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ASEAN regulators’ involvement with energy storage lags behind renewable energy support

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Many countries in the ASEAN region are advancing their adoption of renewable energy with the support of regulators, but the same can’t yet be said for energy storage technologies.

That was a view expressed by Beni Suryadi of the ASEAN Centre for Energy, speaking this morning on the first day of the Energy Storage Summit Asia 2023, hosted in Singapore by our publisher Solar Media.

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While the focus on renewable energy is growing, the region’s energy transition is “lagging” when it comes to a corresponding focus on energy storage, fellow speaker Nicholas Marquier, of the International Finance Corporation (IFC) said.

Speaking generally about the 10 countries in the region, Suryadi, manager of power, fossil fuel, alternative energy and energy storage at the intergovernmental organisation which represents their interests, said there is a “lack of involvement in discussion” by regulators.

That lack of involvement is the biggest challenge facing the adoption of energy storage today, because regulators in ASEAN aren’t yet arming themselves with technical knowledge on the benefits of batteries and other storage technologies.

Beni Suryadi referred to the way that Vietnam moved rapidly to deploy several gigawatts of solar PV from 2020 to 2022 is a well-known “legend” of the renewable energy industry. Conversely, industry observers need to “work hard” to find any substantive developments in the country relating to energy storage, he said.

Marquier of the IFC noted that ASEAN countries’ governments recognise that the climate agenda is important, and renewable energy is a critical and key part of that. Yet “there are not so many regulators” looking at storage as part of the solution. There are incentive programmes and support schemes for renewable energy, but not for battery energy storage systems (BESS) and other storage tech.

Suryadi added that incentives are created to enable growth of renewable energy when policies and deployment targets are put in place for solar PV, wind and other clean energy resources.

This hasn’t yet happened for energy storage because in many cases policymakers and regulators aren’t aware of the benefits energy storage can offer, which include helping to lower the cost of running energy systems. Without that awareness, incentives for storage are seen as a cost burden.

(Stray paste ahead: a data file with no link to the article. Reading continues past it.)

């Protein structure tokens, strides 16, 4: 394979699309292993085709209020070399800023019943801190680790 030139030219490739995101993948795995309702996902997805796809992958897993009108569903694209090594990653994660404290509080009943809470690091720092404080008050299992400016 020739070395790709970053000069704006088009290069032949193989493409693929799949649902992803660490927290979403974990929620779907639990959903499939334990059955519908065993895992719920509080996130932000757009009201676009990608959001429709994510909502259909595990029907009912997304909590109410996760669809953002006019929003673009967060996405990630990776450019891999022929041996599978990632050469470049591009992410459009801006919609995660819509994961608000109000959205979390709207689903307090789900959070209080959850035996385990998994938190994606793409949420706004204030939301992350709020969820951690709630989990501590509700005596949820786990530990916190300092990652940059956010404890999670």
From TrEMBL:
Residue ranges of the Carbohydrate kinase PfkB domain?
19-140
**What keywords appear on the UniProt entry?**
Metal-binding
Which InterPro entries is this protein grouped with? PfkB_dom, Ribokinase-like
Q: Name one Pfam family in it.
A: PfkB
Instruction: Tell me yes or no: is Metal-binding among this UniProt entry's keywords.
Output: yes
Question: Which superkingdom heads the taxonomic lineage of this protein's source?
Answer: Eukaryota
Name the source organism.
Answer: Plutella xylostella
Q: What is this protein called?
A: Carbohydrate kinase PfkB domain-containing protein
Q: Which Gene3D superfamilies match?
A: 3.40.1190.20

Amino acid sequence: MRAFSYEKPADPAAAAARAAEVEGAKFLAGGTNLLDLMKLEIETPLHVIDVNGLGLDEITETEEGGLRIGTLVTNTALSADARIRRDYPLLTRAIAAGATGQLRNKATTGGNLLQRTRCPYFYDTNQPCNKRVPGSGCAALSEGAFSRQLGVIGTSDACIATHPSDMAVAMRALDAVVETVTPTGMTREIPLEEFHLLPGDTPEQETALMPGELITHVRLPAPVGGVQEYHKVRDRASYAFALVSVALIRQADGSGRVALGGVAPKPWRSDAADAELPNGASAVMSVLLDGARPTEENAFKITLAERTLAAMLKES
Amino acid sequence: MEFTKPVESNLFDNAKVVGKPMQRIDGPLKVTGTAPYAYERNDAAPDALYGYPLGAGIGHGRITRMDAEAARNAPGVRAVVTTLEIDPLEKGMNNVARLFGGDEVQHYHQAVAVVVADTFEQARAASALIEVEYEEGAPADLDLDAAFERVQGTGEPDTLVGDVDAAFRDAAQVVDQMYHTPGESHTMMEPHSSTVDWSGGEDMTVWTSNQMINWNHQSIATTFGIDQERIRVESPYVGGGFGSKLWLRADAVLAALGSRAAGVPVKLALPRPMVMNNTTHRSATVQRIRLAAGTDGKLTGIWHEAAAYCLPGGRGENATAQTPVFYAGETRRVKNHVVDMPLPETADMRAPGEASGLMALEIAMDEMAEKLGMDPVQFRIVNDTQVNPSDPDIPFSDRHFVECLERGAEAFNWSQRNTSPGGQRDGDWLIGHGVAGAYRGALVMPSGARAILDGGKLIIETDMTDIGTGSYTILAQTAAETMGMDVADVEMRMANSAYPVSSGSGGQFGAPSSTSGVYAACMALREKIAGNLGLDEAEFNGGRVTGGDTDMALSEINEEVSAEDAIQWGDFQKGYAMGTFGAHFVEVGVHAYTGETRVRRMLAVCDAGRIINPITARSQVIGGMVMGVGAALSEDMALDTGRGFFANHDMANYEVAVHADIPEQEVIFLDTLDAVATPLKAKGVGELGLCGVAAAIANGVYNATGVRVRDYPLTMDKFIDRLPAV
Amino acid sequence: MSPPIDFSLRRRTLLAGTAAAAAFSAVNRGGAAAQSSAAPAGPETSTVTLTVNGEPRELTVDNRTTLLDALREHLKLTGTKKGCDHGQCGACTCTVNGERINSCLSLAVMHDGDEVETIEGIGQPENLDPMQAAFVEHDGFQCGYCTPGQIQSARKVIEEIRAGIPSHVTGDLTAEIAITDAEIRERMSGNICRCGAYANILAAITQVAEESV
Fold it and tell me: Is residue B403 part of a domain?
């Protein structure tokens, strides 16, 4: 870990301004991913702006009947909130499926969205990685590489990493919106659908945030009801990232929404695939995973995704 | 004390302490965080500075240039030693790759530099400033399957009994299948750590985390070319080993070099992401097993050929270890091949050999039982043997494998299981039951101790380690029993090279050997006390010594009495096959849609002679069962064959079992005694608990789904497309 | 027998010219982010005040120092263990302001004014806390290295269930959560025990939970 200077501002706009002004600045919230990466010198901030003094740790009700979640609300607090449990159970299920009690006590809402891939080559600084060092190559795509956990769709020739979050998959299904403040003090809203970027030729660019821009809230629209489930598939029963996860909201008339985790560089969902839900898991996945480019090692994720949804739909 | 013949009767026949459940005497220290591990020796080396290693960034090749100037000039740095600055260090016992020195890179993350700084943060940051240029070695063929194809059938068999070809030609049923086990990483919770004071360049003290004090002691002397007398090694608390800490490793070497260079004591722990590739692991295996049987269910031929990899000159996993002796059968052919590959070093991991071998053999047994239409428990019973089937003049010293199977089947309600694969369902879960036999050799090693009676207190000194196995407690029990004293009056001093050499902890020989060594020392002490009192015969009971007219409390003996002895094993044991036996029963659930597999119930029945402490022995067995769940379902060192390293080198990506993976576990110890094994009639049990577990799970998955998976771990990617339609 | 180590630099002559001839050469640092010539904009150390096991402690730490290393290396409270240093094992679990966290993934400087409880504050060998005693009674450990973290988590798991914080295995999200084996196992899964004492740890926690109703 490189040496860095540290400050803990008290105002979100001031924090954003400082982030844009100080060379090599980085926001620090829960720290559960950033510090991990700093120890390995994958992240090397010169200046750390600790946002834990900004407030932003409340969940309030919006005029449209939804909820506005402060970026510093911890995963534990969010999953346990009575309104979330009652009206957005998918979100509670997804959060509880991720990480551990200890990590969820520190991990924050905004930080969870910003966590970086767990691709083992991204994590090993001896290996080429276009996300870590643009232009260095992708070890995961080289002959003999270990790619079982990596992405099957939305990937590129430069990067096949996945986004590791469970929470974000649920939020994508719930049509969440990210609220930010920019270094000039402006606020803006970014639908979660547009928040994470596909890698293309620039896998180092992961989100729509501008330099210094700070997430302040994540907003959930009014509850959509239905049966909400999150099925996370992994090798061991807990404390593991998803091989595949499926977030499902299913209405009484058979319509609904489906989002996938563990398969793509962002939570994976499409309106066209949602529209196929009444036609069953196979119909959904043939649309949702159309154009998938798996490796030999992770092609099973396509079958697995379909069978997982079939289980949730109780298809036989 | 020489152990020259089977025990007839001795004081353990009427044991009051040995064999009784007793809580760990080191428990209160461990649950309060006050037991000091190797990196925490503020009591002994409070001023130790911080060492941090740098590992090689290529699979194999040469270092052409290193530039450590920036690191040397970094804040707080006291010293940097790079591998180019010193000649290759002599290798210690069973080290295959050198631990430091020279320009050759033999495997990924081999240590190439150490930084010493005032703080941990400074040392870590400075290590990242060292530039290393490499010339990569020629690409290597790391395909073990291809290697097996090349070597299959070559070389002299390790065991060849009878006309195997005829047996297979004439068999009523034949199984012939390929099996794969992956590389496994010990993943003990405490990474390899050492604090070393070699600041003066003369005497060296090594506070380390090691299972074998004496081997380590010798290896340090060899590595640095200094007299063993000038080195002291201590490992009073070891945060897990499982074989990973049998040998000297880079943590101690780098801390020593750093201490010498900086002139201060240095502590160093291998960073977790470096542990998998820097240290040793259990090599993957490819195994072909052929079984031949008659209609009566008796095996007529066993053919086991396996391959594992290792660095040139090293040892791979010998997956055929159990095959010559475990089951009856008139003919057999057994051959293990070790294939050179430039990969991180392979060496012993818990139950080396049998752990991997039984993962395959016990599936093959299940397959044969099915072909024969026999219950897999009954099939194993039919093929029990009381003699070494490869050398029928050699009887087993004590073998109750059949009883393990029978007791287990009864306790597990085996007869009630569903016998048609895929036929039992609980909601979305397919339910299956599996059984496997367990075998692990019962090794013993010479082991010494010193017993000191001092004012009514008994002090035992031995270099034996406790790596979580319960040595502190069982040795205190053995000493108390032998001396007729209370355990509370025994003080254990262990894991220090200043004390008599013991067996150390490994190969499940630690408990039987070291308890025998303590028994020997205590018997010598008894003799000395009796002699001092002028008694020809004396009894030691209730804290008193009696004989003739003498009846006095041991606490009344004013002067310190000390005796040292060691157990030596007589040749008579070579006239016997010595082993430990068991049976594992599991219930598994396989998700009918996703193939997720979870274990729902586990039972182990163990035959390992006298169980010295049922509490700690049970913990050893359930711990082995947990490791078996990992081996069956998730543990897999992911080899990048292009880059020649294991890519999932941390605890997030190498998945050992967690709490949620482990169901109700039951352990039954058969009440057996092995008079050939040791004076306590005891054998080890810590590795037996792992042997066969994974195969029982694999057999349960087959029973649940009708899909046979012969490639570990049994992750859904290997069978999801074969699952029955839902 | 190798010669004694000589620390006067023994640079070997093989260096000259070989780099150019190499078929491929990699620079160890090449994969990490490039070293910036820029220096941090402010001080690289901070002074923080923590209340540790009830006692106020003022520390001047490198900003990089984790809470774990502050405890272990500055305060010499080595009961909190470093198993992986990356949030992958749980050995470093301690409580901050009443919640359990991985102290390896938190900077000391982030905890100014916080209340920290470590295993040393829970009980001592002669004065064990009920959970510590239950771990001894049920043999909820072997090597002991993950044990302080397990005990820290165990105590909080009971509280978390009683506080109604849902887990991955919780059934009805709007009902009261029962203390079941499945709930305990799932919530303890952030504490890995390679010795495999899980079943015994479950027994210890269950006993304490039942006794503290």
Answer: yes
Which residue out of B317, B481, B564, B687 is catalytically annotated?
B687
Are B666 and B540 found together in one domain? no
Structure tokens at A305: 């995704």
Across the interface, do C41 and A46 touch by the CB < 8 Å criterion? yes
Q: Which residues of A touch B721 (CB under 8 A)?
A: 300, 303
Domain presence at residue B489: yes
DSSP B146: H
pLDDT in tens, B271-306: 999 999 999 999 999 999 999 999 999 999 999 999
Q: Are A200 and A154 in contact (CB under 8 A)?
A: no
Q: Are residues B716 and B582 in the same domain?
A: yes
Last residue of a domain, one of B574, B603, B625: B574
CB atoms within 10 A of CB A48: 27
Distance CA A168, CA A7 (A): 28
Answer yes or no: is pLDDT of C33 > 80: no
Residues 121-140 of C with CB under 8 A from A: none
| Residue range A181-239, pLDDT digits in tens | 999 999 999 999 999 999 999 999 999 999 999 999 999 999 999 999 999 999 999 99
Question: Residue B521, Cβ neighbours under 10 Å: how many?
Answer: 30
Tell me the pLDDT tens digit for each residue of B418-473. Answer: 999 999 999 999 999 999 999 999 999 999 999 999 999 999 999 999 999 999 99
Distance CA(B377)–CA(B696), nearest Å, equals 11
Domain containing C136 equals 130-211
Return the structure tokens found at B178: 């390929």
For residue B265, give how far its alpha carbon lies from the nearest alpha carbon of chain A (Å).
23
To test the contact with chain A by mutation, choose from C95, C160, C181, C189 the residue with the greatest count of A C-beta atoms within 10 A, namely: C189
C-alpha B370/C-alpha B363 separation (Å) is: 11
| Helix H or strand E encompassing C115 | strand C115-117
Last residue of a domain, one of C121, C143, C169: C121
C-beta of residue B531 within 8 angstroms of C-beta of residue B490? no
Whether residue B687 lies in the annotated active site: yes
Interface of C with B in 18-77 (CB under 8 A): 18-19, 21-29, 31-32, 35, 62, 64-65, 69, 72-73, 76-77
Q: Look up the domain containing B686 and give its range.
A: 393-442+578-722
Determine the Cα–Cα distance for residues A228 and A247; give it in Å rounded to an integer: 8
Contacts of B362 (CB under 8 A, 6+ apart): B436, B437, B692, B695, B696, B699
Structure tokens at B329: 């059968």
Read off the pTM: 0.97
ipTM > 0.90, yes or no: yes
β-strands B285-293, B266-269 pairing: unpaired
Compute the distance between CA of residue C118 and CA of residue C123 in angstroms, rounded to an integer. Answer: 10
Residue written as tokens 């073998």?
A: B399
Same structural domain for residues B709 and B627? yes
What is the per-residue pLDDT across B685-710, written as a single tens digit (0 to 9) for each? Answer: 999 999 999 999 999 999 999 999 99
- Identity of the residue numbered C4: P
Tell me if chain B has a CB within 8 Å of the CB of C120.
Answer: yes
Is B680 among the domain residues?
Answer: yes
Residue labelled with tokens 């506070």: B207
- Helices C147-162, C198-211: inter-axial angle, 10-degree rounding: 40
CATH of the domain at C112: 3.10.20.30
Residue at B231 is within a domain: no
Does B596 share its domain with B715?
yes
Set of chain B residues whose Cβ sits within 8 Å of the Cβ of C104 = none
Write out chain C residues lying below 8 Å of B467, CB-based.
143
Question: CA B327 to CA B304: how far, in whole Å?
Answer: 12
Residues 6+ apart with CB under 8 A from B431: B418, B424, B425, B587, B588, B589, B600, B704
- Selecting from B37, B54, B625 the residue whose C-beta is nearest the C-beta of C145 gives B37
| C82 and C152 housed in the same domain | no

This is starting to change, and awareness is growing, but it will take time. Suryadi named the example of Thailand, which recognised some time ago that energy storage could benefit its energy transition and bolster energy security, access and reliability, but creating the right regulations and support to enable that is still a “massive challenge,” the expert said.

‘Pain points for the grid’

Later in the morning’s sessions, panelists including technology providers and system integrators, financiers and experts discussed the role of energy storage in the power system. The conversation included a focus on financing structures and business models for storage in the Asia-Pacific (APAC) region.

Revenue models for energy storage around the world are varied, from contracted revenues for flexible capacity or grid services, to merchant revenues from market participation.

George Garabandic, principal consultant and energy storage lead for the APAC region with DNV, said that where energy storage can help grid operators solve their biggest “pain points” will be where stable revenue structures will be found.

Critical services to solve those pain points “will become contracted services,” Garabandic said, and in particular people should think about understanding which services are most critical among them, that present challenges participation through spot markets cannot be relied upon to deliver the reliability the grid needs.

“Playing into pain points of the grid will be essential,” Garabandic said.

The DNV expert cited the example of energy storage to absorb shocks to the network of short circuited currents, and to provide inertia. The latter, typically delivered as a byproduct of running thermal generation in the traditional model – which is clearly less available as thermal plants are overtaken by variable renewable energy (VRE) in terms of capacity growth – is likely the more dominant and pressing priority, Garabandic said.

Nicolas Leong, energy business director for North and Southeast Asia with technology provider and system integrator Wärtsilä, said that in the past, the running of power grids was always talked about in terms of energy capacity. Today, Leong said, the conversation is about how flexible a grid can be in balancing different sources of energy against different demand profiles. Storage is a key technology, among others including demand side response, for adding that flexibility.

The 1st Energy Storage Summit Asia, continues on 12 July 2023 in Singapore. Hosted by Energy-Storage.news publisher Solar Media, the event will help give clarity on this nascent, yet quickly growing market, bringing together a community of credible independent generators, policymakers, banks, funds, off-takers and technology providers. For more information, go to the website.

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